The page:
Arm’s fired China JV CEO refuses to leave, company reps banned from Arm China premises

The ousted executive will not leave his post, escalating tensions between the UK chip designer and its Chinese counterpart.
Written by Charlie Osborne, Contributing Writer

Arm's former chief of the firm's Chinese joint venture is at the center of a dispute that may threaten not only the future of the JV, but also relations between foreign companies and China. 

The SoftBank-owned chip designer announced in June that the company was firing Allen Wu for running a sideline investment fund alleging "conflicts of interest." 

Arm China was established in 2018 between Arm and investors and focuses on the sale of chip design licenses. 

The Financial Times reports that Wu operated a Chinese startup investment fund, Alphatecture, that offered Arm China customers discounts for chip designs in exchange for investing in companies under the Alphatecture umbrella. 

A board member speaking to the publication at the time said that despite earlier requests to permit the creation of Alphatecture being denied, everyone at the board "knew what he was doing," adding that Allen "took the initiative" in building Arm's ecosystem in China. 

Arm UK considers the situation as a conflict of interest and fired the executive. However, Arm China immediately followed with a statement that Wu would remain in his post.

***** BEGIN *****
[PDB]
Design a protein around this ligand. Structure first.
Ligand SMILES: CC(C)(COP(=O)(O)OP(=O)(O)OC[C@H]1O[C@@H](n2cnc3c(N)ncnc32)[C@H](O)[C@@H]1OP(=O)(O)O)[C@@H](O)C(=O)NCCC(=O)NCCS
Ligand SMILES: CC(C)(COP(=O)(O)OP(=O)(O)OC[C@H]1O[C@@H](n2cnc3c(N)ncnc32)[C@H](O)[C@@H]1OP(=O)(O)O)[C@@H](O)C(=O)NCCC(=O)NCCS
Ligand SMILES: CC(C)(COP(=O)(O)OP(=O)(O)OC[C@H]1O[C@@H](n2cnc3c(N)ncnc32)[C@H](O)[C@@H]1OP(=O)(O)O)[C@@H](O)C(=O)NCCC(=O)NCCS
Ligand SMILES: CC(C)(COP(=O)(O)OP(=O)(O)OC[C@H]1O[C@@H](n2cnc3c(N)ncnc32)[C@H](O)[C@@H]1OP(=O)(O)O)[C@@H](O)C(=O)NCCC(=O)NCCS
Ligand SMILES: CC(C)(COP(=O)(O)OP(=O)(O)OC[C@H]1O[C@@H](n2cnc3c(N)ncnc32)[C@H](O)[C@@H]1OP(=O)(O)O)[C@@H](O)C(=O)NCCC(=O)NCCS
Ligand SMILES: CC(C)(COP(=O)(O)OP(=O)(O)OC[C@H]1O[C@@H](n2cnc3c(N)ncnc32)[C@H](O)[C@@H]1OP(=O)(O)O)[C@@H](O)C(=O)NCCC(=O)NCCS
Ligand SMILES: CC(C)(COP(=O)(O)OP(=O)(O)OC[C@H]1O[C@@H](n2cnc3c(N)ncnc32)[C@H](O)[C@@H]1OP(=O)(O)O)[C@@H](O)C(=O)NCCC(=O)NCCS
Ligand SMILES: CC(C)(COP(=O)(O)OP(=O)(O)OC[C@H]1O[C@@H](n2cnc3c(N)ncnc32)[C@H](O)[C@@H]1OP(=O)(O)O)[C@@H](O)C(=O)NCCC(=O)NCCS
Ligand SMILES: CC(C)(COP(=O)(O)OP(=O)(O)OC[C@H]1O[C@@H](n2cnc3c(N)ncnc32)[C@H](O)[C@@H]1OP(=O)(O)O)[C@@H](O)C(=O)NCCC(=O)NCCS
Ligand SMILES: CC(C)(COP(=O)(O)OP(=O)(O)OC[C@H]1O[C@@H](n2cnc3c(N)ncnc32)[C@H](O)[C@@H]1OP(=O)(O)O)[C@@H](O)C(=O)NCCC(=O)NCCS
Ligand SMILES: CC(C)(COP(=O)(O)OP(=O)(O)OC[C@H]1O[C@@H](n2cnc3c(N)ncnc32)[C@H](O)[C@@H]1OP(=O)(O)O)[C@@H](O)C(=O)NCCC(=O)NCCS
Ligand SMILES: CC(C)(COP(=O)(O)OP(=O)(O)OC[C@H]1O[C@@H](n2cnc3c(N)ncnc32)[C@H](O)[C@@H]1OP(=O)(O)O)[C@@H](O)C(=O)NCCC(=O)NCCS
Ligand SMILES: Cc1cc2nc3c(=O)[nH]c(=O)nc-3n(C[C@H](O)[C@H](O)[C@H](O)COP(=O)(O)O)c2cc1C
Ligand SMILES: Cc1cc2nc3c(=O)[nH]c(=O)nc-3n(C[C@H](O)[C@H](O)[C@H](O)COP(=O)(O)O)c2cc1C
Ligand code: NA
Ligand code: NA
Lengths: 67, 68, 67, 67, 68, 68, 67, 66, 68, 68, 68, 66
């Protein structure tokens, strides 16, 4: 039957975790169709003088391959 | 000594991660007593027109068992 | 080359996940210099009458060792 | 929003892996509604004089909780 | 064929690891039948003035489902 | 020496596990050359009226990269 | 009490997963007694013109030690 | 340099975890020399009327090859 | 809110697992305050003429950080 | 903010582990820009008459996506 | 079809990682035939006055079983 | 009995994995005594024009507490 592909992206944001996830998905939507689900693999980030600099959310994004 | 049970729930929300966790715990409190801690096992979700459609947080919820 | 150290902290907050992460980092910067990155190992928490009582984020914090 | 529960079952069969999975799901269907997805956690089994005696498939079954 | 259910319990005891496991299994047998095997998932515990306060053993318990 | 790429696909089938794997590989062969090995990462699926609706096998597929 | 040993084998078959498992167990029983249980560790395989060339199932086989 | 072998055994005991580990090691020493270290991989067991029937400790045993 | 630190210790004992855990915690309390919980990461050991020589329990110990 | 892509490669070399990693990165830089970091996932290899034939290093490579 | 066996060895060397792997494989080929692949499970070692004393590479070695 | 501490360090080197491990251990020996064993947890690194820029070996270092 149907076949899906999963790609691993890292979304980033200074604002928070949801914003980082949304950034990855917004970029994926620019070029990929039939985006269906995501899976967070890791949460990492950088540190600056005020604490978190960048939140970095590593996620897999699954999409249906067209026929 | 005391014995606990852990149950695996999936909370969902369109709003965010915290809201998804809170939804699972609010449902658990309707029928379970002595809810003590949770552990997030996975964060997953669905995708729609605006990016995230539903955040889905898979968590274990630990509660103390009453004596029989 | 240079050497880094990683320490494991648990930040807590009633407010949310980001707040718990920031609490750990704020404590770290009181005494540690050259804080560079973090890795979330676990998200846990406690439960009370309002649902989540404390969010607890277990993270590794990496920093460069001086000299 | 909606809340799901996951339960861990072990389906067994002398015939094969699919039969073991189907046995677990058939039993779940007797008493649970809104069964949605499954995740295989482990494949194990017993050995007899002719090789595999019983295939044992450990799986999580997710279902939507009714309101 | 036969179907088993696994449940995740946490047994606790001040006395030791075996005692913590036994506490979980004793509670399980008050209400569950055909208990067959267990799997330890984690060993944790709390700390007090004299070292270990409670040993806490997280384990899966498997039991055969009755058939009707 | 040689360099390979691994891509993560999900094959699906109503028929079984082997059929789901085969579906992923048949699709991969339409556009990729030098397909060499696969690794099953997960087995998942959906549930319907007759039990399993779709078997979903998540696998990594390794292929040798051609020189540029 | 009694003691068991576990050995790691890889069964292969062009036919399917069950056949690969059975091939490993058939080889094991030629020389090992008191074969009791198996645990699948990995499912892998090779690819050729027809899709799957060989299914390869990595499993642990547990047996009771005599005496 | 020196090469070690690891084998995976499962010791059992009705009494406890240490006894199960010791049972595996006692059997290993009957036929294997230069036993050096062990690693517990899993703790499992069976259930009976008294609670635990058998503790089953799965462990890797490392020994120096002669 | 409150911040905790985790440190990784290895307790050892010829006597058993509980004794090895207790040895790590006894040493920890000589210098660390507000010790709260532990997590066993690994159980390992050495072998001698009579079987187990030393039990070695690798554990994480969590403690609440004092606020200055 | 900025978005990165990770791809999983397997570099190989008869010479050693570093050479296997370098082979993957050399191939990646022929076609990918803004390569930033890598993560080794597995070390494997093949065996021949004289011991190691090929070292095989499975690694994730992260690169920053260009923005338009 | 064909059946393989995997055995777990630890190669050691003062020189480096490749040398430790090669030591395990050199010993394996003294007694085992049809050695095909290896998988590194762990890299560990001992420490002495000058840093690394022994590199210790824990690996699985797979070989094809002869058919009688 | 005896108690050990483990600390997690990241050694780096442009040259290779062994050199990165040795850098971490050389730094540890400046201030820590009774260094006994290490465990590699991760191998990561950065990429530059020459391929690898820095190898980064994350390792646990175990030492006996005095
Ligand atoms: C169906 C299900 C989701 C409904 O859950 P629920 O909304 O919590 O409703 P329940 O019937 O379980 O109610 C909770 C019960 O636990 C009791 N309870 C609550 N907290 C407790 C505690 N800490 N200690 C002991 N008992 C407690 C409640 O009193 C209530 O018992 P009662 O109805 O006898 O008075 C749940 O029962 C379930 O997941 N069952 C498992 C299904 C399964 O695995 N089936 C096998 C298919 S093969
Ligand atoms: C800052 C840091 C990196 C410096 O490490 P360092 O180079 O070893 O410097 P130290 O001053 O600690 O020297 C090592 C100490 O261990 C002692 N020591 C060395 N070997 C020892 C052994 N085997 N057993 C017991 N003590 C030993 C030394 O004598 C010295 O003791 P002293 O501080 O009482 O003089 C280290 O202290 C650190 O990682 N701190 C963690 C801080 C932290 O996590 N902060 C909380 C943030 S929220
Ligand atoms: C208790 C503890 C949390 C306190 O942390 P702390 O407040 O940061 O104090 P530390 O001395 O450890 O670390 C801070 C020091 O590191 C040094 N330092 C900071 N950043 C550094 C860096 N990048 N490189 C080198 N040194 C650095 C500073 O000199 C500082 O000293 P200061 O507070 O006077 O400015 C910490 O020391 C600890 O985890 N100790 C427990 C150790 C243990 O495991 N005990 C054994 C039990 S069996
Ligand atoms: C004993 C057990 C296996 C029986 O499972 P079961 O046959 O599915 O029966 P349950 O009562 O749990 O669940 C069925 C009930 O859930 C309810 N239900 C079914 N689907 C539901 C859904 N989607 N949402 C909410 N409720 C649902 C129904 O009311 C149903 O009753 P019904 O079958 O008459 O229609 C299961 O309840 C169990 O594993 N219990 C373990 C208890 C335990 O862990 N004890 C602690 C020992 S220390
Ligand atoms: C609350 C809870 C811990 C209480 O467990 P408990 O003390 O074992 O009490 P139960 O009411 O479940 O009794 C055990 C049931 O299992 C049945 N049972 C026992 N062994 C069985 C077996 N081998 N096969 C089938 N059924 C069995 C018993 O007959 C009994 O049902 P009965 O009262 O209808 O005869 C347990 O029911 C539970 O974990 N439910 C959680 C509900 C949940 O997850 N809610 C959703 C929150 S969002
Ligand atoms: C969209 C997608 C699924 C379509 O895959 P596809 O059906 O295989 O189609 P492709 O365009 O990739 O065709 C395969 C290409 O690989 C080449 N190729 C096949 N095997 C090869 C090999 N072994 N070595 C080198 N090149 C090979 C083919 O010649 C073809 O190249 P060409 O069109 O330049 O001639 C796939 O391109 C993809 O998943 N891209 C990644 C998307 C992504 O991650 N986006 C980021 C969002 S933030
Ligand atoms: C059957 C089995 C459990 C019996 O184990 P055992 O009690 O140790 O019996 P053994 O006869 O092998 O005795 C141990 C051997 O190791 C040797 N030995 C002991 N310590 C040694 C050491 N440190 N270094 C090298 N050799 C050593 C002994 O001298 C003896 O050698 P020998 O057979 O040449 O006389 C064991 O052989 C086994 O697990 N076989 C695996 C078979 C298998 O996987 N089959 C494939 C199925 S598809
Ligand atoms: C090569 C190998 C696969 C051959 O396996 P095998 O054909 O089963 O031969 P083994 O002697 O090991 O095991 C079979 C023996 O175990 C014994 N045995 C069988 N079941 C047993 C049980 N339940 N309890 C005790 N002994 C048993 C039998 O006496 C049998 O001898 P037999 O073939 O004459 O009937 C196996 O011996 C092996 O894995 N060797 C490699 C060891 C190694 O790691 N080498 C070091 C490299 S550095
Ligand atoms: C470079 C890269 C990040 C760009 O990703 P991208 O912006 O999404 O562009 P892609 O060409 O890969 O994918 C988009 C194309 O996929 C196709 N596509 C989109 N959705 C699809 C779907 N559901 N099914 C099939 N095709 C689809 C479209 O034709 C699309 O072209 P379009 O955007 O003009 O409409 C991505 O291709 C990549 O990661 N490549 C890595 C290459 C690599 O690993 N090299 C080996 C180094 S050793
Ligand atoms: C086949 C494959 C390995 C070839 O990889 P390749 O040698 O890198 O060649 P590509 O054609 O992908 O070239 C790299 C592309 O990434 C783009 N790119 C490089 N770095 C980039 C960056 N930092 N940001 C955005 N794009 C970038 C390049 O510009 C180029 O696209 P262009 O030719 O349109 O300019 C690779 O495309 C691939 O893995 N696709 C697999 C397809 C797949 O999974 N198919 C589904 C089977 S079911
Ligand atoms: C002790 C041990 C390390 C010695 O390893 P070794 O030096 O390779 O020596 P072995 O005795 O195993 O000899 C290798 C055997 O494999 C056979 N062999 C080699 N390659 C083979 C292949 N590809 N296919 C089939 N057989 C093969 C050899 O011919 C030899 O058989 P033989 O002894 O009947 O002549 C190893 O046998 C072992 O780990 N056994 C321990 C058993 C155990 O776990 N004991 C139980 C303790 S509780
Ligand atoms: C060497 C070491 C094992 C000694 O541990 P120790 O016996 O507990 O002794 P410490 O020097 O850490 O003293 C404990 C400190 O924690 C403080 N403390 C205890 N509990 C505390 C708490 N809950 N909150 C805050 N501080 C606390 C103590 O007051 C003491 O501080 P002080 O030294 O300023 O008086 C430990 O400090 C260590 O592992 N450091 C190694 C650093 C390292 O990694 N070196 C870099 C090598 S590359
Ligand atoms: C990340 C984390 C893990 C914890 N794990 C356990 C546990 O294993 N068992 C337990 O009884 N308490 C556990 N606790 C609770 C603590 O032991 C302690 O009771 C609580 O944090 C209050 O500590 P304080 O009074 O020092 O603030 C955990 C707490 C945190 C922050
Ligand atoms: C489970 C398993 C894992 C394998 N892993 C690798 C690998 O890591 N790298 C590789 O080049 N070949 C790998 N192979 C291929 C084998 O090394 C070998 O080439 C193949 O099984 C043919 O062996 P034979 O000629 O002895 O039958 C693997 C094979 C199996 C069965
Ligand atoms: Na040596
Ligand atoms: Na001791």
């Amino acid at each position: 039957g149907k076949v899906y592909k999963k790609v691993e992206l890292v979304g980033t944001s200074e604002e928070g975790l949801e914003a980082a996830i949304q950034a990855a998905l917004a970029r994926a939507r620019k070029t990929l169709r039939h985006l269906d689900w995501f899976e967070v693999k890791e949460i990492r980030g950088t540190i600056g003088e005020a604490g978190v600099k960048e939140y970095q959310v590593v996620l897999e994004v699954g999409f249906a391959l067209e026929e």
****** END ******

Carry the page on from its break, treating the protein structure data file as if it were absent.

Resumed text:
Instead of leaving quietly and being replaced by another CEO, Bloomberg reports that Wu has hired his own security team and representatives from Arm are not permitted on the JV's premises. 

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In addition, a source close to the matter said that a planned event to connect Chinese chip designers and Arm is no longer going ahead. 

Arm has now accused Wu of "propagating false information and creating a culture of fear and confusion among Arm China employees." 

"Allen's focus on his own self-preservation has also put China semiconductor innovation at risk as he has attempted to block the critical communication and support our China partners require from Arm for ongoing and future chip designs," Arm says. 

Arm China has launched a salvo back, denying these claims and saying that Wu is open to negotiation.

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The ongoing battle does not just impact the fate of Arm China, but also how investment in China itself may be viewed in the future by foreign companies. Wu is the key representative of the venture and under Chinese law, is able to cling on to his position despite Arm's wish to remove him. 

As the dispute has not led to a peaceful resolution and has now become both public and bitter, this may prompt foreign entities considering entering the Chinese business arena to rethink their positions -- especially if valuable IP is involved. 

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The Chinese government has been called upon by both companies to step in. Unless resolved quickly, this may also become a test as to whether or not Chinese regulators are willing to rethink local laws to pacify foreign companies in dispute. 

SoftBank is likely keeping a close eye on the situation as this could hamper reported plans to either fully or partially sell Arm as part of the company's $41 billion debt reduction program. SoftBank acquired Arm for approximately $31 billion in 2016 but now needs to generate cash to offset terrible financial results caused by losses within the tech giant's Vision Fund. 

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